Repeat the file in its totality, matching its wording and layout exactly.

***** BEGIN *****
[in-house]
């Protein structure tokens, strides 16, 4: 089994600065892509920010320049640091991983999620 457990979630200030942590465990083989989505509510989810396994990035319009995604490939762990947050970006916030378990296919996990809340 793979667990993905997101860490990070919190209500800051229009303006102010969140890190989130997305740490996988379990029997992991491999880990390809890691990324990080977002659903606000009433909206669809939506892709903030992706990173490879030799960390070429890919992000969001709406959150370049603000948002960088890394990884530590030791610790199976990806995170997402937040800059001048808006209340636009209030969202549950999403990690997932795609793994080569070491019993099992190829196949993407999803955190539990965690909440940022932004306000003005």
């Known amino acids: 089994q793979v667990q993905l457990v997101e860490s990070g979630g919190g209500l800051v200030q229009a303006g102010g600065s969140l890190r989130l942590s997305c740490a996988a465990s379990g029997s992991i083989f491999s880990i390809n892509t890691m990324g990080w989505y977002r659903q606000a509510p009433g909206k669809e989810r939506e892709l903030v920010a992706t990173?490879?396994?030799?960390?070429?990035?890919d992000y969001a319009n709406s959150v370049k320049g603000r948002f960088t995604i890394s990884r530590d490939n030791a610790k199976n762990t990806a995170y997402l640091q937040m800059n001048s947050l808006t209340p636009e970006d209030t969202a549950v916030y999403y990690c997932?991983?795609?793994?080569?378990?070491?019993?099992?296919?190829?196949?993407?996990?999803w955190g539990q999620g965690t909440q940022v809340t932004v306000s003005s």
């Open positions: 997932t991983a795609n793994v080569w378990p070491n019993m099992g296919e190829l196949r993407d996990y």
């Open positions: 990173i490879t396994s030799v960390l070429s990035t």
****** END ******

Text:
[in-house]
């Protein structure tokens, strides 16, 4: 089994600065892509920010320049640091991983999620 457990979630200030942590465990083989989505509510989810396994990035319009995604490939762990947050970006916030378990296919996990809340 793979667990993905997101860490990070919190209500800051229009303006102010969140890190989130997305740490996988379990029997992991491999880990390809890691990324990080977002659903606000009433909206669809939506892709903030992706990173490879030799960390070429890919992000969001709406959150370049603000948002960088890394990884530590030791610790199976990806995170997402937040800059001048808006209340636009209030969202549950999403990690997932795609793994080569070491019993099992190829196949993407999803955190539990965690909440940022932004306000003005």
């Known amino acids: 089994q793979v667990q993905l457990v997101e860490s990070g979630g919190g209500l800051v200030q229009a303006g102010g600065s969140l890190r989130l942590s997305c740490a996988a465990s379990g029997s992991i083989f491999s880990i390809n892509t890691m990324g990080w989505y977002r659903q606000a509510p009433g909206k669809e989810r939506e892709l903030v920010a992706t990173?490879?396994?030799?960390?070429?990035?890919d992000y969001a319009n709406s959150v370049k320049g603000r948002f960088t995604i890394s990884r530590d490939n030791a610790k199976n762990t990806a995170y997402l640091q937040m800059n001048s947050l808006t209340p636009e970006d209030t969202a549950v916030y999403y990690c997932?991983?795609?793994?080569?378990?070491?019993?099992?296919?190829?196949?993407?996990?999803w955190g539990q999620g965690t909440q940022v809340t932004v306000s003005s």
């Open positions: 997932t991983a795609n793994v080569w378990p070491n019993m099992g296919e190829l196949r993407d996990y």
């Open positions: 990173i490879t396994s030799v960390l070429s990035t």